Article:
We experimented with our economic policy on rats and it went fine, says Kwarteng

KWASI Kwarteng has sought to reassure nervous financial markets by revealing that his controversial mini-budget was tried out on rats in laboratory conditions.

The chancellor said that the experiment was a resounding success, convincing him that it would be perfectly safe to inflict the policy on human beings.

Kwarteng said: “We wouldn’t be idiotic enough to announce something like this without first trying it out on rodents. That would be the height of fiscal irresponsibility.

“We took two samples of rats, one set fat and well-fed, the other skinny and famished. Rather than feed the hungry rats, we gave the fat ones extra food they didn’t need, doubling their portions.

“We thought this would be better for the skinny rats than giving them direct handouts. Sure enough, we were right.

“The fat rats were so bloated and full that they regurgitated the extra food. The famished rats then gratefully ate it, and before long were as well as could be expected on a diet of partially digested seeds and nuts. It’s trickle down economics in action.

“So you see, the problem is not with our policy. It’s with with human beings. They should learn to be more like rats. They’re very intelligent creatures, you know. Probably more intelligent than any of us in government. Impressive, really.”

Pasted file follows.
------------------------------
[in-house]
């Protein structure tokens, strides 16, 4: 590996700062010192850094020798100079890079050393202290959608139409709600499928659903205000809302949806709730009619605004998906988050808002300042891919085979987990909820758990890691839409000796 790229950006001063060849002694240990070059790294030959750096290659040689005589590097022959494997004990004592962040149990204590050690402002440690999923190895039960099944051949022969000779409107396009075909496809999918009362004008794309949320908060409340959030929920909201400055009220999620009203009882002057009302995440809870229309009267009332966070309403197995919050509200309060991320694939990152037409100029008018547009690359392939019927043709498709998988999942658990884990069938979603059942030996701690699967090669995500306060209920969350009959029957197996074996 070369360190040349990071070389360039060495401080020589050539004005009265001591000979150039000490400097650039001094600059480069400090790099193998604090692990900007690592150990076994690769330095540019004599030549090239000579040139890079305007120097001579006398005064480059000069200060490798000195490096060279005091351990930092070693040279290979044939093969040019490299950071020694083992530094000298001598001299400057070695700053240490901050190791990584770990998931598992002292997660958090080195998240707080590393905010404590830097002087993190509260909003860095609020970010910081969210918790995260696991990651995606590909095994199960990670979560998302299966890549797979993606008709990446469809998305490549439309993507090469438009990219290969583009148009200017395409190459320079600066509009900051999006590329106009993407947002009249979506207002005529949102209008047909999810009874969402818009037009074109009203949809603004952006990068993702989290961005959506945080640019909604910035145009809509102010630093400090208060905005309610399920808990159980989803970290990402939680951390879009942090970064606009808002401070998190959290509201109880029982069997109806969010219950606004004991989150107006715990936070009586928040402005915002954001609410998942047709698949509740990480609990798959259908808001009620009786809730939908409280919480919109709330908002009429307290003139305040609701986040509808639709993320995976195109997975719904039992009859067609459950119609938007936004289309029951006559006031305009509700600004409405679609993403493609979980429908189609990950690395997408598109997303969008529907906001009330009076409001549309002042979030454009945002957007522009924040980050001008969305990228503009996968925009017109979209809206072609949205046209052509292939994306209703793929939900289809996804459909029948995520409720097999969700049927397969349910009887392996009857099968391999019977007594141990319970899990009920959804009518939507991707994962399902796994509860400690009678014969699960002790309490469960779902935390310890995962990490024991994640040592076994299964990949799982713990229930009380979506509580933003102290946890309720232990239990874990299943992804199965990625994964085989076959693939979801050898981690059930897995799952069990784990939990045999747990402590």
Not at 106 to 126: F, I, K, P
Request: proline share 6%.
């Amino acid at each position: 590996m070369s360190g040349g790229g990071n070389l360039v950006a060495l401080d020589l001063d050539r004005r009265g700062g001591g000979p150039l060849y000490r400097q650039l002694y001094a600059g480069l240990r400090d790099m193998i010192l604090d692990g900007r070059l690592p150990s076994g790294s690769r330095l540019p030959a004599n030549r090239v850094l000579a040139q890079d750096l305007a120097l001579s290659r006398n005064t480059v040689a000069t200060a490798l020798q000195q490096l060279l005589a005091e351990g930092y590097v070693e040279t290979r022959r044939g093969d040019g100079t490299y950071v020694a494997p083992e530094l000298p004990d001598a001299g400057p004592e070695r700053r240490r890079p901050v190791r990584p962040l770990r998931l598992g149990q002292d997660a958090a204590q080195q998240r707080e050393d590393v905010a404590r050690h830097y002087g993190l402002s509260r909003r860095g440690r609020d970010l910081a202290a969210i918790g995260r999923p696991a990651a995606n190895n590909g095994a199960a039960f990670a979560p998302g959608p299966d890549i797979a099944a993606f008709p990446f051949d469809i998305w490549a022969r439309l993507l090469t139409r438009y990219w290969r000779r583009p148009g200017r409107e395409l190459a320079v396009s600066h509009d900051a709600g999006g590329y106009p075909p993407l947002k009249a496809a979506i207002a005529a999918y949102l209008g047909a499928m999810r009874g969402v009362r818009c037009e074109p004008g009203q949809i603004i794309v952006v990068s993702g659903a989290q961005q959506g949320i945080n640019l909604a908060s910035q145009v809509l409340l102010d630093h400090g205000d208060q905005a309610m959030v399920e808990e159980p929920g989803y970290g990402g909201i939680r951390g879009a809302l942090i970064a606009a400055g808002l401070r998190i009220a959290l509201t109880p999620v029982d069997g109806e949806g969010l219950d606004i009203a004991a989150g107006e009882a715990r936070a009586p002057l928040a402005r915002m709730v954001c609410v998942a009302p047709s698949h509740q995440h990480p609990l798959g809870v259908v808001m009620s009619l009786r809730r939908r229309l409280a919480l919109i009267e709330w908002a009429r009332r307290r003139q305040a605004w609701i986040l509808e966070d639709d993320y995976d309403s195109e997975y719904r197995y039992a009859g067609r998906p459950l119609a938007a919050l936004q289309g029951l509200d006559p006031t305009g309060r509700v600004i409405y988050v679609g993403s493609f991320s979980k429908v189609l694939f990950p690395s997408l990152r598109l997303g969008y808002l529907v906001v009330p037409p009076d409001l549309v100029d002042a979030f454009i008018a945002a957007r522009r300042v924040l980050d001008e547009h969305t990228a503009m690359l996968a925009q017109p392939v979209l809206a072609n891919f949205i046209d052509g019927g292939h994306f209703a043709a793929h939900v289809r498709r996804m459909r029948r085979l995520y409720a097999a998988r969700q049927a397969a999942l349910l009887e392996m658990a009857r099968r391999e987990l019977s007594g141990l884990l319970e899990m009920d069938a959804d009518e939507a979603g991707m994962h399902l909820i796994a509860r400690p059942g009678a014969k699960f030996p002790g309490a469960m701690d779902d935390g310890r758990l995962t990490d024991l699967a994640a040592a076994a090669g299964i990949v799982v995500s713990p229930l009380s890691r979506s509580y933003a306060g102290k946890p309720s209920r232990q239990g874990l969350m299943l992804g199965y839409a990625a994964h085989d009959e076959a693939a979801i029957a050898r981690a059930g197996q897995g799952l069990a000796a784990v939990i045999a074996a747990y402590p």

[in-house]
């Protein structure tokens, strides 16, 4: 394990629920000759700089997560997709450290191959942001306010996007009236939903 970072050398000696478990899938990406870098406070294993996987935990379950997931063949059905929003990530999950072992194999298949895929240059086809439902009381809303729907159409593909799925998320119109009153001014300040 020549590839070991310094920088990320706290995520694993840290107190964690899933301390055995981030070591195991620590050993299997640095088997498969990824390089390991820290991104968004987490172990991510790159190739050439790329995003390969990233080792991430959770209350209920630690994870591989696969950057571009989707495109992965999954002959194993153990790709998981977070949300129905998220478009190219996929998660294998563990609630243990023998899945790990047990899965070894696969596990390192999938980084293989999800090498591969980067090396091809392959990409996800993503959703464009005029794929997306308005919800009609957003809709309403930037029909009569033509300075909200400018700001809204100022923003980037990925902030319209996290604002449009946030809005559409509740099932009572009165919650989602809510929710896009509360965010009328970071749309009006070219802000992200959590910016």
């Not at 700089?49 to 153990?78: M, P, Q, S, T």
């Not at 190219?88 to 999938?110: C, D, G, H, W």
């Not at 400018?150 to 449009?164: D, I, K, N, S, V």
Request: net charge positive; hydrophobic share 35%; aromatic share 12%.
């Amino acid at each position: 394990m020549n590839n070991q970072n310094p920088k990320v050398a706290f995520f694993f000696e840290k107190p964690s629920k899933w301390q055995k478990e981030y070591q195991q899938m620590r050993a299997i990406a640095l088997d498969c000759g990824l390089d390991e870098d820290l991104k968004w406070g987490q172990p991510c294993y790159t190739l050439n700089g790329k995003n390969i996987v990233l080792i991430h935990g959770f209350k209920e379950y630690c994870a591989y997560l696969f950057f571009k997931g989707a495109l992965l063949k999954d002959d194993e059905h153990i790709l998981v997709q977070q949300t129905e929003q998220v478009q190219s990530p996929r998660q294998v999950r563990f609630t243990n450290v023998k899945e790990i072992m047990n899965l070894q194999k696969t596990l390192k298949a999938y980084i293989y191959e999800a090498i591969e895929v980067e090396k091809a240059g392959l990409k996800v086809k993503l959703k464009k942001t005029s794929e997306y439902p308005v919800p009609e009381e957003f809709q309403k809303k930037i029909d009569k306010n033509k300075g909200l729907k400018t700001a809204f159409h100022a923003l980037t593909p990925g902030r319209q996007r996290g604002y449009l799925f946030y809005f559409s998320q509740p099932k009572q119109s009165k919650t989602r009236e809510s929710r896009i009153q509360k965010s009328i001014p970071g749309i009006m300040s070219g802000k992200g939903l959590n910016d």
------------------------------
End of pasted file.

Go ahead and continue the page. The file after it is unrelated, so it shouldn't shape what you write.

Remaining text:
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Only those who walked six miles to Woolworths for a tape appreciate music, say middle-aged

A TEENAGER who can access a whole brand new album without getting out of bed doesn’t really appreciate music, her parents have confirmed.

Martin and Helen Bishop say their daughter Lucy doesn’t value the songs she listens to because she has made f**k all effort to go out and get them.

Helen Bishop said: “If I wanted the new East 17 album back in 1994, I had to traipse into town to buy it on cassette, parting with a tenner, which was six sodding week’s worth of pocket money.

“I’d excitedly rush miles home again to put the hissy piece of crap in the tape deck and find out if any of the songs aside from the singles were even vaguely listenable. Which they rarely were.

“Lucy, on the other hand, can just scroll through her phone and listen to three seconds of each track before deciding it’s rubbish and moving onto something else. And she doesn’t even pay for it because it’s on the family plan.

“I feel sorry for her because she doesn’t understand the satisfaction that comes from working hard for something. And also because she never got to experience the sheer majesty of a fully-stocked Woolies Pick ‘n’ Mix section.”